What do mice symbolize in Of Mice and Men?
Mice have a number of symbolic interpretations in Of Mice and Men. First of all, let us look at the title of the novel. The title is an allusion to Robert Burns' poem "To a Mouse," in which a mouse dreams of shelter and security but its "best laid schemes" do not quite come to fruition.
The mouse, therefore, acts as a metaphor for George and Lennie's dream to have a ranch of their own and to live off the land. Just like the mouse in the poem, no matter how hard they try, their dream is unachievable because of forces beyond their control.
Secondly, mice are also important to Lennie. In particular, we see that mice provide comfort to Lennie, as shown by the dead mouse he carries around in chapter 1. They are a source of comfort and pleasure in an uncertain world.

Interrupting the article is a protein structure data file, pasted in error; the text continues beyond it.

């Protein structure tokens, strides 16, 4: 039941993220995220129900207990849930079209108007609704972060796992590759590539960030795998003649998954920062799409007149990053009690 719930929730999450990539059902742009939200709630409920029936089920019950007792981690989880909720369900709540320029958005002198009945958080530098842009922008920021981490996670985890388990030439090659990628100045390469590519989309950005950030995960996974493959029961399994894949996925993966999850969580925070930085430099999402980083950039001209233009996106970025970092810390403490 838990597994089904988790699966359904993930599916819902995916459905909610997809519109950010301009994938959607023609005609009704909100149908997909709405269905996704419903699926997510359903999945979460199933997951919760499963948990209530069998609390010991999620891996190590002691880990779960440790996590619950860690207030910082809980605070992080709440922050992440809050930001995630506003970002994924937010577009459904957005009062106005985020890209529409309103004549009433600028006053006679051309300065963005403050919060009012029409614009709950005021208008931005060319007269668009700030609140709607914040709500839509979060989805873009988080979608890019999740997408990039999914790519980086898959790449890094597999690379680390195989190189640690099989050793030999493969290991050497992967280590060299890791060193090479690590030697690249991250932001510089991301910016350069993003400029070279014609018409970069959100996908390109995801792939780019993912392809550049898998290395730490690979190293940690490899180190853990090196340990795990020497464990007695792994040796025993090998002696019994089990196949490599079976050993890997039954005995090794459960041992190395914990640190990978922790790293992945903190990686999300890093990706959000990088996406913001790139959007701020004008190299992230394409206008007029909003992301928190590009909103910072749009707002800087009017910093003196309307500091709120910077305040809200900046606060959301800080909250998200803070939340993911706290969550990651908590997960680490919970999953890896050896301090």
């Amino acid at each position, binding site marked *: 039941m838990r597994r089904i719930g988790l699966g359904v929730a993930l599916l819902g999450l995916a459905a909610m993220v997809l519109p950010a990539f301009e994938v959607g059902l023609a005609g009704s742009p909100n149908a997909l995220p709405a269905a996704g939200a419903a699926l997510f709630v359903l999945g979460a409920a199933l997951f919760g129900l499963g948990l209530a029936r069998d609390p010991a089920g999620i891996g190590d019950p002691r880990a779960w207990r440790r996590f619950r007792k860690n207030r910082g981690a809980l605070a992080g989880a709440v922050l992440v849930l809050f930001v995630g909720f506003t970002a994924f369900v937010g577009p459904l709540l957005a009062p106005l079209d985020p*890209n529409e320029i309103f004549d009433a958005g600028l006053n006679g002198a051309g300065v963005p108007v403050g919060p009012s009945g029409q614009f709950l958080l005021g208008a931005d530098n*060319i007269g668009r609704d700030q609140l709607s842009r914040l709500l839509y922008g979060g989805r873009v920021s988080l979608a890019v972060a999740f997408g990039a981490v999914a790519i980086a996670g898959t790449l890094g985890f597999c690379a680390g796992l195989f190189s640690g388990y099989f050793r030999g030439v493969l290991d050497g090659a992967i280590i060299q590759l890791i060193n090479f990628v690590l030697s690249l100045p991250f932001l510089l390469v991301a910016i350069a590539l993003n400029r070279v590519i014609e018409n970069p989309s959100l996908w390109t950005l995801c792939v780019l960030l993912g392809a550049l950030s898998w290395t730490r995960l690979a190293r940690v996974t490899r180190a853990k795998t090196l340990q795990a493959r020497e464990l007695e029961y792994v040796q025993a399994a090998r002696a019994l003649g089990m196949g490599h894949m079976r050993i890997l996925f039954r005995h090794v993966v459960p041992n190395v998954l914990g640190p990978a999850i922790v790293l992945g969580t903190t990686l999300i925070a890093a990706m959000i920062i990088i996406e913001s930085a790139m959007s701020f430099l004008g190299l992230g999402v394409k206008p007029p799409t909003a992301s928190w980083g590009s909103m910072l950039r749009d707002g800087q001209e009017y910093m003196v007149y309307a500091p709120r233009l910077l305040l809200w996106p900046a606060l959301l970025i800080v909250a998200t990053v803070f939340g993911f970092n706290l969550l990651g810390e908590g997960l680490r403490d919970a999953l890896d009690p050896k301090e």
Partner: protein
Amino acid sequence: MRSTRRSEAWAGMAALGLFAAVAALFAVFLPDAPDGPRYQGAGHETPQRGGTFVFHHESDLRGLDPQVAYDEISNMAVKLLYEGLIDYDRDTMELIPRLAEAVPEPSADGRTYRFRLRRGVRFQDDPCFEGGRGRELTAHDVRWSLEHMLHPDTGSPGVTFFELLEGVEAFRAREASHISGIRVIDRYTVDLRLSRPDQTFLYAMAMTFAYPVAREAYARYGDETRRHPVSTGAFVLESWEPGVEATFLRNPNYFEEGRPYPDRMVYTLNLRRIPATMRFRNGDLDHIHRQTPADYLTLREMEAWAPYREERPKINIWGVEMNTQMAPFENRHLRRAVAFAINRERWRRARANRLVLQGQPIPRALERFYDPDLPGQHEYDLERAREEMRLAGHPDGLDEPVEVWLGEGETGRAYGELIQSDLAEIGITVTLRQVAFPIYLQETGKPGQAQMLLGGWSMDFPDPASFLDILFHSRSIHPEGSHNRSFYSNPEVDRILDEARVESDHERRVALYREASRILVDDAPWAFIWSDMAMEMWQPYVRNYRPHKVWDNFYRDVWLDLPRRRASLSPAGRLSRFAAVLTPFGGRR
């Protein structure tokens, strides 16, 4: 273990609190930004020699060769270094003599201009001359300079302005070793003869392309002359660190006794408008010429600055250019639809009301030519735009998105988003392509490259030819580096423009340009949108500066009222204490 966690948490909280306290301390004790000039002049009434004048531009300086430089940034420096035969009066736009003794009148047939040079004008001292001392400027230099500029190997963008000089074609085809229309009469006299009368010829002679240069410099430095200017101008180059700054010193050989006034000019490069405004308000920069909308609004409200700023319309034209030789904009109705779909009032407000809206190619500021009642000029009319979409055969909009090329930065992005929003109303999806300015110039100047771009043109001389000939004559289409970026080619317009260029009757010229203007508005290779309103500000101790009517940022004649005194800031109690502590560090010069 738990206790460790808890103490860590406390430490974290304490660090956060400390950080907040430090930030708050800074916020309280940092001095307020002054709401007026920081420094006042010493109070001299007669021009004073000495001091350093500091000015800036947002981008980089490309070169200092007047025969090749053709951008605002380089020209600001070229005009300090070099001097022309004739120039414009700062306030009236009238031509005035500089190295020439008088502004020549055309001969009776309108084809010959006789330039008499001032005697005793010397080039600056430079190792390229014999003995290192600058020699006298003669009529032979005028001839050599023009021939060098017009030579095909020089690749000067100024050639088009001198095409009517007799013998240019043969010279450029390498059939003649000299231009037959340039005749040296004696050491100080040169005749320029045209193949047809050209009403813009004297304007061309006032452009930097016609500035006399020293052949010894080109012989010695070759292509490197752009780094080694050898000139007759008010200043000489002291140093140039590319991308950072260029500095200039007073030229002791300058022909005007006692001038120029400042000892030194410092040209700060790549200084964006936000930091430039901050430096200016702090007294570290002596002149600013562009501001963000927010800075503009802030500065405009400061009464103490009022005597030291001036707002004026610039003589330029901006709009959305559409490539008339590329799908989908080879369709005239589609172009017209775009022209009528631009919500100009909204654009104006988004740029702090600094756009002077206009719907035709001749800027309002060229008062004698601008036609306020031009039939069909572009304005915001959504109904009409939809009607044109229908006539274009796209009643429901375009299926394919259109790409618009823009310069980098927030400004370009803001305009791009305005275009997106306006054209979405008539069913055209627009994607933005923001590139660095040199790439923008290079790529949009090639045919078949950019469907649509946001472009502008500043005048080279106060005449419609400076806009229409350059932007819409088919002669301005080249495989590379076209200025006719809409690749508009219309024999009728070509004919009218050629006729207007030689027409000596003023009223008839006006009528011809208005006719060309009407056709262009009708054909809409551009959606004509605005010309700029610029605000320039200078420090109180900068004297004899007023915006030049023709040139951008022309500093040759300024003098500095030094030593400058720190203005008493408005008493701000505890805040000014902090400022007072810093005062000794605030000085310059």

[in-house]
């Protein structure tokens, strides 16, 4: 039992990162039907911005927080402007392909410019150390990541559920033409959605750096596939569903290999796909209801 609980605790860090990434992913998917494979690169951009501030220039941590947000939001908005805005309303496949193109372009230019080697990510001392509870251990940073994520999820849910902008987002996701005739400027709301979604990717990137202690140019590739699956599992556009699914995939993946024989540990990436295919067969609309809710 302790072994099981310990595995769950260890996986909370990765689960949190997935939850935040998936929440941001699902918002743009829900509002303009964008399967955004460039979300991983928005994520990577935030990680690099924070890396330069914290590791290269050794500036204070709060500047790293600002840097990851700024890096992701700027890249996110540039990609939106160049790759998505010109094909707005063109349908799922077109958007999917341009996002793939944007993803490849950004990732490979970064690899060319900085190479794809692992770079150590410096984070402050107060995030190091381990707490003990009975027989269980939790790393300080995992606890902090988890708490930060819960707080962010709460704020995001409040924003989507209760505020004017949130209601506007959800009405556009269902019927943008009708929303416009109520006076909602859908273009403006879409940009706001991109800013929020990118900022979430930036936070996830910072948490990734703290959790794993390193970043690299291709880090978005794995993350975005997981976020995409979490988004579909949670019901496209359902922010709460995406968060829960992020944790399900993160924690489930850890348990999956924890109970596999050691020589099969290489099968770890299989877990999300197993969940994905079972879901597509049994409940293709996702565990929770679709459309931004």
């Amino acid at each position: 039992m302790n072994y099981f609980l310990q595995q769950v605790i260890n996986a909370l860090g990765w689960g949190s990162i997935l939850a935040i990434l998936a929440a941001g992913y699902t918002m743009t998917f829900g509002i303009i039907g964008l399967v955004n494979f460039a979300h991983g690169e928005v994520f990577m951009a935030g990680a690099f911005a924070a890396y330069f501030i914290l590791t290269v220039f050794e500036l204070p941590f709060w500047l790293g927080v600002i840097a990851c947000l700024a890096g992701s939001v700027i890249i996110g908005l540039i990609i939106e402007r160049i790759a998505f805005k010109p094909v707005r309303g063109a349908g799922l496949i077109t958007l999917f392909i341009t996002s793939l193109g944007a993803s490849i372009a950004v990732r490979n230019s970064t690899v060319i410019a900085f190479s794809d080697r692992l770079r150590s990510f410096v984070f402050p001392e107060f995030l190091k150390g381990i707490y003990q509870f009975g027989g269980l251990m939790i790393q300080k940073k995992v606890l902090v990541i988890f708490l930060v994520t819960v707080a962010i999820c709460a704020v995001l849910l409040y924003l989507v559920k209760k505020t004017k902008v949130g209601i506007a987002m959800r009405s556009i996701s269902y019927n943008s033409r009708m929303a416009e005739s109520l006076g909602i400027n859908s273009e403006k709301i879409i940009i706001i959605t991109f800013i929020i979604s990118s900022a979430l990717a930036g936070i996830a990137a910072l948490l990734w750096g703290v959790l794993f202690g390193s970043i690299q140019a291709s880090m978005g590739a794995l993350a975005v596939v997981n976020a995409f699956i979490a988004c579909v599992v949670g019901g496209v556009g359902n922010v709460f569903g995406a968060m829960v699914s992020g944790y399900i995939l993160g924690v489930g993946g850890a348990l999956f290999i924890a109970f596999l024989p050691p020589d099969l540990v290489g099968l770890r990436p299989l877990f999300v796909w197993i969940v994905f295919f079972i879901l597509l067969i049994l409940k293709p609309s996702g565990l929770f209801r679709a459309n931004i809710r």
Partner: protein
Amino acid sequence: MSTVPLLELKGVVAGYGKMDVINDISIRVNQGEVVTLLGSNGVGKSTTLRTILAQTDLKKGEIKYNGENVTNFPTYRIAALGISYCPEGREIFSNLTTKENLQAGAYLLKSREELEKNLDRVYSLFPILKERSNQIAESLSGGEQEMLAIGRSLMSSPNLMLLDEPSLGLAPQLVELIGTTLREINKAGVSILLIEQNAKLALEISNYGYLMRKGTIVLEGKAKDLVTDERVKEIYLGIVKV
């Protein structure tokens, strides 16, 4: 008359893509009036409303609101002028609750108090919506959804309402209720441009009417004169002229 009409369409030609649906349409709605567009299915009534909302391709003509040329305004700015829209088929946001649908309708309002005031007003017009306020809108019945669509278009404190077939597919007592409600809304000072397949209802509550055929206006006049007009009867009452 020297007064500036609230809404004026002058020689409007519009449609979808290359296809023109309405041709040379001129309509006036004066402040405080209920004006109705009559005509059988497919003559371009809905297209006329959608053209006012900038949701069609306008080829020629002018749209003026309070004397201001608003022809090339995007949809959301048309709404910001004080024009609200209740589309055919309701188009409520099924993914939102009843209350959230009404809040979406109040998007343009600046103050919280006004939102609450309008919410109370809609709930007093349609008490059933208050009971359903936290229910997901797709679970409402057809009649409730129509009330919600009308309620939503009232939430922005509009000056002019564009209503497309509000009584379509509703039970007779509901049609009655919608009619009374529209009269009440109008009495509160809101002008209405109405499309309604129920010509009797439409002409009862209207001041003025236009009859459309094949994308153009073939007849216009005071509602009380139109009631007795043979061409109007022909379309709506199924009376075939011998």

Moreover, the fact that Lennie kills the mice he strokes is symbolic of his uncontrollable strength. Even though Lennie has no wish to hurt another creature, he cannot stop himself from crushing mice under the weight of his hand, a sign that he will always encounter trouble because he lacks the mental ability to bring his strength under control.